High school teachers’ union warns of labour ‘disruption’ in fall over class-size changes

0
119
High school teachers’ union warns of labour ‘disruption’ in fall over class-size changes


An average high school with 800 students will lose 11 teachers — from 46 to 35 — because of changes introduced by the Ford government, the union representing secondary educators is warning.

Moving from an average of 22 students to 28 students in a class will mean thousands of jobs eliminated over the next four years — some 5,700 in English public high schools alone, said Harvey Bischof, president of the Ontario Secondary School Teachers’ Federation.

Harvey Bischof, president of the Ontario Secondary School Teachers’ Federation, warns that thousands of teaching jobs will disappear under the province’s plan to increase class sizes.
Harvey Bischof, president of the Ontario Secondary School Teachers’ Federation, warns that thousands of teaching jobs will disappear under the province’s plan to increase class sizes.  (Andrew Francis Wallace / Toronto Star)

“That equates to a loss of approximately 34,000 classes,” he said Thursday. “It means that any smaller, more specialized program is unlikely to survive. It means ballooning class sizes in any course that is not limited by issues such as student safety, as we would see in certain technology classes.”

And, he added, “it means in a fairly average high school of 800 students, by 2023, instead of the current 46 classroom teachers, there would be 35.”

Bischof also warned of upcoming “disruption” this fall, given teacher contracts expiring at the end of August, saying his members “will not concede” to bigger classes in their local agreements.

Across all school boards, about 10,000 teaching positions are expected to be eliminated, as classes in Grades 4 to 8 grow by an average of one student, and an average of six in high school. The government has said class caps in kindergarten and the primary grades will remain.

The Ontario Public School Boards Association believes the increases will “have a dramatic and harmful effect on both students and staff in secondary schools across Ontario” and is asking the government to take a “second look” as it did with its controversial autism overhaul.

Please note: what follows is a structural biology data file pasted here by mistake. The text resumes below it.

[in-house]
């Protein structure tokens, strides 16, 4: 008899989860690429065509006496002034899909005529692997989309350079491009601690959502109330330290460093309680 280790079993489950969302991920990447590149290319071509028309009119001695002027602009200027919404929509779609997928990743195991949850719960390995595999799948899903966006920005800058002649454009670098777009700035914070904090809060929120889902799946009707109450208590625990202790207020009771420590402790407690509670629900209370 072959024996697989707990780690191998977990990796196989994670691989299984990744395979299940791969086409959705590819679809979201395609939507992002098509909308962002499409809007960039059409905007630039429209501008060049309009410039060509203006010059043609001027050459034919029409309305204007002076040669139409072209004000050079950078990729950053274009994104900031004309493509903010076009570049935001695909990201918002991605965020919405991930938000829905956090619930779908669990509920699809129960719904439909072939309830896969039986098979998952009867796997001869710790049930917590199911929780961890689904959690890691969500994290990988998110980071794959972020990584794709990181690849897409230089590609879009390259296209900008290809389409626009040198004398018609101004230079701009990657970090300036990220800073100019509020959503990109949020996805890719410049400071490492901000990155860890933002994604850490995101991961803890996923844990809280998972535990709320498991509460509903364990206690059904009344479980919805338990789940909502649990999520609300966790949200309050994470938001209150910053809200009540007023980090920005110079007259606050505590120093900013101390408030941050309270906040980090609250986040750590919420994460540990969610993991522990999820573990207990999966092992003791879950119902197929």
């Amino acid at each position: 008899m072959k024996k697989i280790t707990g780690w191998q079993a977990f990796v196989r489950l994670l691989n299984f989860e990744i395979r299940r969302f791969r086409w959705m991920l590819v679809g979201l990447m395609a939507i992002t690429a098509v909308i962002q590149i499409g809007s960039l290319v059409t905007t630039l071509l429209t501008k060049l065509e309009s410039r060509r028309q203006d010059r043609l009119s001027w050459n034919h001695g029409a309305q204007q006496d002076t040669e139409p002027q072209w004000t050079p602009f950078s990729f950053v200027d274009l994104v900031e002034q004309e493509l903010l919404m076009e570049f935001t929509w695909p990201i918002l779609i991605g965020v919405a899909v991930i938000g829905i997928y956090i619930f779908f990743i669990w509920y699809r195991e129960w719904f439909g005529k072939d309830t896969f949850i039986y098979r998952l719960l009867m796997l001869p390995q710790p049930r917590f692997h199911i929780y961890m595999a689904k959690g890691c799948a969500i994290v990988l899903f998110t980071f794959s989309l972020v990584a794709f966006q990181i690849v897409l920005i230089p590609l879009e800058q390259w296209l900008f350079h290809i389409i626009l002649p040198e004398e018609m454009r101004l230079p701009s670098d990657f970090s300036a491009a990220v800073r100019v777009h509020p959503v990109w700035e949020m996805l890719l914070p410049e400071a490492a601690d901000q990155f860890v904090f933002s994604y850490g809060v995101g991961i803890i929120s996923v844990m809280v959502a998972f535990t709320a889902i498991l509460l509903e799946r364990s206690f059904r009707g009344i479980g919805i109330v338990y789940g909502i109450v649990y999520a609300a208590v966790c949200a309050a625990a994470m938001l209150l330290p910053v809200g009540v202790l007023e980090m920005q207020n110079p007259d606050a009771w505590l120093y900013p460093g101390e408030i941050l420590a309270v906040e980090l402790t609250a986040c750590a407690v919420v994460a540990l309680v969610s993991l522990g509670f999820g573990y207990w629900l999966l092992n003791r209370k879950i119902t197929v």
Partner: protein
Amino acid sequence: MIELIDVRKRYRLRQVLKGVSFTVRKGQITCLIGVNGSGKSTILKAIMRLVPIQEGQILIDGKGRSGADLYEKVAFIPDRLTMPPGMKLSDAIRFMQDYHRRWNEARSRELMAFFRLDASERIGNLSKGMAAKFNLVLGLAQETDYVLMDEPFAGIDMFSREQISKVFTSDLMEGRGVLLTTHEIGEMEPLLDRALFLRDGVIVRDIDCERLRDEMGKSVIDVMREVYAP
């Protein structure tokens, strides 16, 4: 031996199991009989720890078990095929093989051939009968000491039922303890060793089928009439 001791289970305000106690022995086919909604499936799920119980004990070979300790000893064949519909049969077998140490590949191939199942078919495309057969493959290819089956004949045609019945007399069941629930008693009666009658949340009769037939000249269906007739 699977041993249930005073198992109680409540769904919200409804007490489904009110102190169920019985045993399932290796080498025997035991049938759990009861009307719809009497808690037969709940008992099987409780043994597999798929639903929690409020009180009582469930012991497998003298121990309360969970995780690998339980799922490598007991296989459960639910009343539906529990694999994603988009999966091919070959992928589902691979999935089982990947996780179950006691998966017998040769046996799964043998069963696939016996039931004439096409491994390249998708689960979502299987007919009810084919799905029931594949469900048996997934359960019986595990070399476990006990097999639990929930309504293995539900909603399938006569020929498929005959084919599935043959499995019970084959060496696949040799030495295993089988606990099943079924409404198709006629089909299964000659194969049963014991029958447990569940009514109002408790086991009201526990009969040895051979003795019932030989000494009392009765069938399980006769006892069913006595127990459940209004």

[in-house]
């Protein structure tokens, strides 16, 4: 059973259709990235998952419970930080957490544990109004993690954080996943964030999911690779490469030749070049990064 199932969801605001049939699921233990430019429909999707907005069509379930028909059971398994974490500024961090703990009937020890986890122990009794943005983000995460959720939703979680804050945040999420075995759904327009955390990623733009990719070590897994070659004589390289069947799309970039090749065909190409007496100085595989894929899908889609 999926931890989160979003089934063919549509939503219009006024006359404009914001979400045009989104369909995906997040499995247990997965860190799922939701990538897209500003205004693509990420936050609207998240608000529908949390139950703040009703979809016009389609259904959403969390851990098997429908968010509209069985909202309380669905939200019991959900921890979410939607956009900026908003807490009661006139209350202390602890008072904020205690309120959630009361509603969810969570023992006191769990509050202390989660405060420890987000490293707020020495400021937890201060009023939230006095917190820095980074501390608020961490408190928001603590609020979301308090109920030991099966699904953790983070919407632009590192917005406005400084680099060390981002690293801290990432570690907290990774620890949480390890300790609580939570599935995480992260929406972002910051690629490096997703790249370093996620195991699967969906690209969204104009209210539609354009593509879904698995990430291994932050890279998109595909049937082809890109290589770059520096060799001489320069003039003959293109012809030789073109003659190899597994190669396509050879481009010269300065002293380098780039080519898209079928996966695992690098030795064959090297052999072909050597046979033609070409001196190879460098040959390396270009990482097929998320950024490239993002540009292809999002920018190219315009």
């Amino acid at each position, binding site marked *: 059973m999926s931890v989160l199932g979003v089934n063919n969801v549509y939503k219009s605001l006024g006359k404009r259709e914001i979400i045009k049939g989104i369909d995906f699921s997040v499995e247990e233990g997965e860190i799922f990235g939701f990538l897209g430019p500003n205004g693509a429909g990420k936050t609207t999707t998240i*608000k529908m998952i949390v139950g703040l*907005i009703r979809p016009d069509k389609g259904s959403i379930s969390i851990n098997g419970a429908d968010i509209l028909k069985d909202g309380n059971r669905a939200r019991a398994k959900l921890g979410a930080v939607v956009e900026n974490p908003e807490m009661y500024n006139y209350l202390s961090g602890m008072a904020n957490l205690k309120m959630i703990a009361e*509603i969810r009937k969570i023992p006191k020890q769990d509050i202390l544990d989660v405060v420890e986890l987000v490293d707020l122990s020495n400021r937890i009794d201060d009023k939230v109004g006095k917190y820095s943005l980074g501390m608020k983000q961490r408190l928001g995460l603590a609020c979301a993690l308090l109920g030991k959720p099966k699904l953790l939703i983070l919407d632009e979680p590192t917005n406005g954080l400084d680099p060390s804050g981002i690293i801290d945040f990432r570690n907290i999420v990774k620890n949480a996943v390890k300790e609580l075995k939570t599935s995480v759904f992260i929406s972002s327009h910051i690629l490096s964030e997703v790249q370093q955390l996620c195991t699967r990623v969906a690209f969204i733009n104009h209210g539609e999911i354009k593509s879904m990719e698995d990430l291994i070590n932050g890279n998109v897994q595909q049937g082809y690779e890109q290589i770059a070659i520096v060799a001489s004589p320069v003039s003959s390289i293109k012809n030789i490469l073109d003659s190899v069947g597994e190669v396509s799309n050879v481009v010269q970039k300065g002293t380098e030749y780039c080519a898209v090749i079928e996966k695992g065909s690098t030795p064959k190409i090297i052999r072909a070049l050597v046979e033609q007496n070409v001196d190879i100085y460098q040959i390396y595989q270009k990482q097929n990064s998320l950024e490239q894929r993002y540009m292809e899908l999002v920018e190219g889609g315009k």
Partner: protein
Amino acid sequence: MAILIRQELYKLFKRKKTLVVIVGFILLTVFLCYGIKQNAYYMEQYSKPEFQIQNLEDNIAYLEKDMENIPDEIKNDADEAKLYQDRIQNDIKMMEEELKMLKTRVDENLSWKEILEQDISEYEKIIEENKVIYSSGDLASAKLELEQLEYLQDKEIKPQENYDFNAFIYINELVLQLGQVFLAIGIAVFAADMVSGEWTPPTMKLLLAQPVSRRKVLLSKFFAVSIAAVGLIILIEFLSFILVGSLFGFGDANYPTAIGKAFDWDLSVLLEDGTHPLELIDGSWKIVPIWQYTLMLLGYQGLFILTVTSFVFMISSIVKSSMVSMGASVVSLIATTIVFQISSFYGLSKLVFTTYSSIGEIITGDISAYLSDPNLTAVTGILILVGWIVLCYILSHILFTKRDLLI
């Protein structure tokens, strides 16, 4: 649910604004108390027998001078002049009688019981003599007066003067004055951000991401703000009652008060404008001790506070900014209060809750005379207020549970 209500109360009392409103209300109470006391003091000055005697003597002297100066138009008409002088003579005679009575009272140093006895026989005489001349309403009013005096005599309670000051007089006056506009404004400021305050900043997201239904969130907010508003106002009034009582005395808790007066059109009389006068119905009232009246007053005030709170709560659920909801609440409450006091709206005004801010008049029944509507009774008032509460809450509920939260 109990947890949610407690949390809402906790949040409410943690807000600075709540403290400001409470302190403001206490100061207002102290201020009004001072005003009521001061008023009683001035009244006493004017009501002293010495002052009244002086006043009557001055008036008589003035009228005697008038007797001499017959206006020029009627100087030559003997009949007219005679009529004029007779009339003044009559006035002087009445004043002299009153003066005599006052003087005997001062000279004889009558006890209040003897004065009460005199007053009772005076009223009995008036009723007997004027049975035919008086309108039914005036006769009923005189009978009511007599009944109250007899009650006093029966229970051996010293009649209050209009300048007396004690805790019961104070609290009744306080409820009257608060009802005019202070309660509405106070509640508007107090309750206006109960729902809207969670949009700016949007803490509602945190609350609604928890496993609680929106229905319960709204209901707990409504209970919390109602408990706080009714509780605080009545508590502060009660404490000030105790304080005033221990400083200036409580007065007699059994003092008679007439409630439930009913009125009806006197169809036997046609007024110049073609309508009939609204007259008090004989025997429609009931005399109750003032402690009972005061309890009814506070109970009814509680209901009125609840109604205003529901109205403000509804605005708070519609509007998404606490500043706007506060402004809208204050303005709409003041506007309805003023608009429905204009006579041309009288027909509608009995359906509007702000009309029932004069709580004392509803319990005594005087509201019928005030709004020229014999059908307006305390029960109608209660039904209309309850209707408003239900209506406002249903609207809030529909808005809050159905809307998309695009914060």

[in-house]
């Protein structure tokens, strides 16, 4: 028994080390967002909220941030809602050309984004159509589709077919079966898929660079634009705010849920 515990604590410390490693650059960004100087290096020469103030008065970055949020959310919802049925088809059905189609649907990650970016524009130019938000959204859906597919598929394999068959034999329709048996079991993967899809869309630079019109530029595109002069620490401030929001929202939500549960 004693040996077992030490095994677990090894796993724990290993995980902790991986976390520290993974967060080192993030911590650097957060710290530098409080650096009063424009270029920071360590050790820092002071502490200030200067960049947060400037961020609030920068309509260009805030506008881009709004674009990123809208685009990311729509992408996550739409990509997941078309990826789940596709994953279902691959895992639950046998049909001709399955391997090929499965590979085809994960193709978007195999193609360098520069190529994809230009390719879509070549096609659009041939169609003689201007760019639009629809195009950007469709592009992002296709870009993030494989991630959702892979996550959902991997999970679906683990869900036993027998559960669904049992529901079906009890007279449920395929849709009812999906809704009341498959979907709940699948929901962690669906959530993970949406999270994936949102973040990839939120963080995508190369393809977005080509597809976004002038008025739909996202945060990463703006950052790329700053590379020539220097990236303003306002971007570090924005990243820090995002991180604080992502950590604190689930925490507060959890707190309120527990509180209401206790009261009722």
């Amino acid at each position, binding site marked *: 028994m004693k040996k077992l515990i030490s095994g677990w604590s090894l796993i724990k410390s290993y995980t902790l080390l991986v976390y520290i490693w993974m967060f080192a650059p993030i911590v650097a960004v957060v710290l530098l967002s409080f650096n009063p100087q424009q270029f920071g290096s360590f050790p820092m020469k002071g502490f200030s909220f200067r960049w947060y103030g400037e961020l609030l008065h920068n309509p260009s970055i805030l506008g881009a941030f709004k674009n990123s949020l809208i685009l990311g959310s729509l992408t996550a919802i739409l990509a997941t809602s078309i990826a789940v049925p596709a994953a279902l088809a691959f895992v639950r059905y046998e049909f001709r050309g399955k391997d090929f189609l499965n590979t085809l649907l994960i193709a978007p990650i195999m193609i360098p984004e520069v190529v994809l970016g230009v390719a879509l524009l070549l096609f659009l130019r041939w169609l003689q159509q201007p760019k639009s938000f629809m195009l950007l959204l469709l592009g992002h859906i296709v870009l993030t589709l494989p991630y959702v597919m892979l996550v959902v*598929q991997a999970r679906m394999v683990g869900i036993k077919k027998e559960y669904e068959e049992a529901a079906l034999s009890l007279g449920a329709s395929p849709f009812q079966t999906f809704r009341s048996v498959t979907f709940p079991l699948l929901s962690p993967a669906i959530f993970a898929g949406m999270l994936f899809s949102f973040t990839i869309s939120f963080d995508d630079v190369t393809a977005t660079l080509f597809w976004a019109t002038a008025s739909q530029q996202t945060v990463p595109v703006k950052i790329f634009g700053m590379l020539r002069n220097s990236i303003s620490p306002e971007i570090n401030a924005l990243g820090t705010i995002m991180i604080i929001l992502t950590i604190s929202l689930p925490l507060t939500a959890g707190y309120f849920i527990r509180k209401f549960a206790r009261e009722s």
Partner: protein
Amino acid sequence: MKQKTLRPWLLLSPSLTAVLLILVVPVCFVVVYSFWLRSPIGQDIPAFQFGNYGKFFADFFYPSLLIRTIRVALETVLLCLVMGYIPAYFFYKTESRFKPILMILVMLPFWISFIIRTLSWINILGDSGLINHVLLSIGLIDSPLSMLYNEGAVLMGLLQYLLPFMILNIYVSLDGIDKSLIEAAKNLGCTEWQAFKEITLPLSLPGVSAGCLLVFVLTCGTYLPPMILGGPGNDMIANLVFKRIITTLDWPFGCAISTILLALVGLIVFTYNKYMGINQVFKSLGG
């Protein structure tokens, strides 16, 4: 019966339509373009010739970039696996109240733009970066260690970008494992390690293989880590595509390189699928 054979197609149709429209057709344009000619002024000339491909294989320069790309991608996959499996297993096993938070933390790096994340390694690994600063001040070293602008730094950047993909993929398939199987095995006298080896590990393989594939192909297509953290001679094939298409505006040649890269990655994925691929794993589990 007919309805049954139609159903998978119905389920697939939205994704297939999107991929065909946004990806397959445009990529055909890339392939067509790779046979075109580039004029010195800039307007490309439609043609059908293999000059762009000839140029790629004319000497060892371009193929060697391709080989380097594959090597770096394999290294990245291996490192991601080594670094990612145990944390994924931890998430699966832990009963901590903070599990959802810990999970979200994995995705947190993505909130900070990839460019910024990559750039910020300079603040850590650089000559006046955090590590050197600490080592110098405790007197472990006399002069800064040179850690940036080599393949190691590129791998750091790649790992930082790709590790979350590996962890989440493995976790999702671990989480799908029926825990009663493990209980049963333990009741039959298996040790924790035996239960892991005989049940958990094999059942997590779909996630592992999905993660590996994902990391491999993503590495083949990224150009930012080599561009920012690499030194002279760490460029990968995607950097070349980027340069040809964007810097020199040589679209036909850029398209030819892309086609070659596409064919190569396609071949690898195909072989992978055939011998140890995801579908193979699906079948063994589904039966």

“They have said that they are still doing consultations until the end of May,” said OPSBA President Cathy Abraham, adding she hopes the ministry will realize “the negative impact of such a big increase.

“It’s not just about adding six students to every class in the province. It doesn’t work like that. I’m very concerned that there will be very, very large classes in order to support the (smaller) classes that meet kids’ needs.”

As for the government’s claim that employers want young workers who are resilient — something Education Minister Lisa Thompson said larger classes help to foster — Bischof said “at a time when small, collaborative groups are the innovation engine of so many Ontario businesses, is an industrial model of 40 or 45 students in a class really going to produce students who meet employers’ needs?”

On Wednesday, Thompson told CBC Radio’s Metro Morning that the government is “hearing from professors and employers alike that (youth) are lacking coping skills and they are lacking resiliency.”

“By increasing class sizes in high school, we are preparing them for the reality of post-secondary, as well as the world of work.”

Bischof called her claim “outlandish” and not supported by any research.

The government will save about $250 million in the first year alone with changes to class sizes.

Thompson has promised no teachers will be laid off and all positions eliminated will be through attrition.





Source link